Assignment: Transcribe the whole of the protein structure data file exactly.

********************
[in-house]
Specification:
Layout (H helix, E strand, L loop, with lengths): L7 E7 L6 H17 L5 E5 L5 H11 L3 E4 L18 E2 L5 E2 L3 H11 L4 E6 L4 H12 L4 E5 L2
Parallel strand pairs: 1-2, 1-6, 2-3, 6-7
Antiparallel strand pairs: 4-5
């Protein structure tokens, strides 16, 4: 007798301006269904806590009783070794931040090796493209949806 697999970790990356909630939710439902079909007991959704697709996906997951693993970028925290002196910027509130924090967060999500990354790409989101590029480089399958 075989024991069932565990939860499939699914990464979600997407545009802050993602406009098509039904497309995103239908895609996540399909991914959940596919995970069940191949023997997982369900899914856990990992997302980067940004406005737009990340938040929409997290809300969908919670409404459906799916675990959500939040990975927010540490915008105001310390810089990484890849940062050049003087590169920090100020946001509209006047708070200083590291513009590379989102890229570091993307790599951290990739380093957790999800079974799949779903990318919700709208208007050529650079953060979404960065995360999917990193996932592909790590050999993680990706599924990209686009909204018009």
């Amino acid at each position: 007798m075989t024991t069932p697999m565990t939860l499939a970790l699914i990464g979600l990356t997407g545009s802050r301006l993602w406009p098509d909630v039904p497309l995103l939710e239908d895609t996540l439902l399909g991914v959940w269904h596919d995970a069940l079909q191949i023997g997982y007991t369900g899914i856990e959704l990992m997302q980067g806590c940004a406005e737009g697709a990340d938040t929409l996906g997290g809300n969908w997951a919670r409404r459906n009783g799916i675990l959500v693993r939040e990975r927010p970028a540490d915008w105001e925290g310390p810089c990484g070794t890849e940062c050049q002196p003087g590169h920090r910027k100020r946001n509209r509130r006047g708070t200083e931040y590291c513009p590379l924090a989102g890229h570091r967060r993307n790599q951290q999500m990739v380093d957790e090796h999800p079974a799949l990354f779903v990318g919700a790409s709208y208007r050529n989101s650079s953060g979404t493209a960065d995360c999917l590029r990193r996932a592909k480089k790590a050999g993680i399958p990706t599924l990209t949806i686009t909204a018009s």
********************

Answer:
[in-house]
Specification:
Layout (H helix, E strand, L loop, with lengths): L7 E7 L6 H17 L5 E5 L5 H11 L3 E4 L18 E2 L5 E2 L3 H11 L4 E6 L4 H12 L4 E5 L2
Parallel strand pairs: 1-2, 1-6, 2-3, 6-7
Antiparallel strand pairs: 4-5
């Protein structure tokens, strides 16, 4: 007798301006269904806590009783070794931040090796493209949806 697999970790990356909630939710439902079909007991959704697709996906997951693993970028925290002196910027509130924090967060999500990354790409989101590029480089399958 075989024991069932565990939860499939699914990464979600997407545009802050993602406009098509039904497309995103239908895609996540399909991914959940596919995970069940191949023997997982369900899914856990990992997302980067940004406005737009990340938040929409997290809300969908919670409404459906799916675990959500939040990975927010540490915008105001310390810089990484890849940062050049003087590169920090100020946001509209006047708070200083590291513009590379989102890229570091993307790599951290990739380093957790999800079974799949779903990318919700709208208007050529650079953060979404960065995360999917990193996932592909790590050999993680990706599924990209686009909204018009």
């Amino acid at each position: 007798m075989t024991t069932p697999m565990t939860l499939a970790l699914i990464g979600l990356t997407g545009s802050r301006l993602w406009p098509d909630v039904p497309l995103l939710e239908d895609t996540l439902l399909g991914v959940w269904h596919d995970a069940l079909q191949i023997g997982y007991t369900g899914i856990e959704l990992m997302q980067g806590c940004a406005e737009g697709a990340d938040t929409l996906g997290g809300n969908w997951a919670r409404r459906n009783g799916i675990l959500v693993r939040e990975r927010p970028a540490d915008w105001e925290g310390p810089c990484g070794t890849e940062c050049q002196p003087g590169h920090r910027k100020r946001n509209r509130r006047g708070t200083e931040y590291c513009p590379l924090a989102g890229h570091r967060r993307n790599q951290q999500m990739v380093d957790e090796h999800p079974a799949l990354f779903v990318g919700a790409s709208y208007r050529n989101s650079s953060g979404t493209a960065d995360c999917l590029r990193r996932a592909k480089k790590a050999g993680i399958p990706t599924l990209t949806i686009t909204a018009s």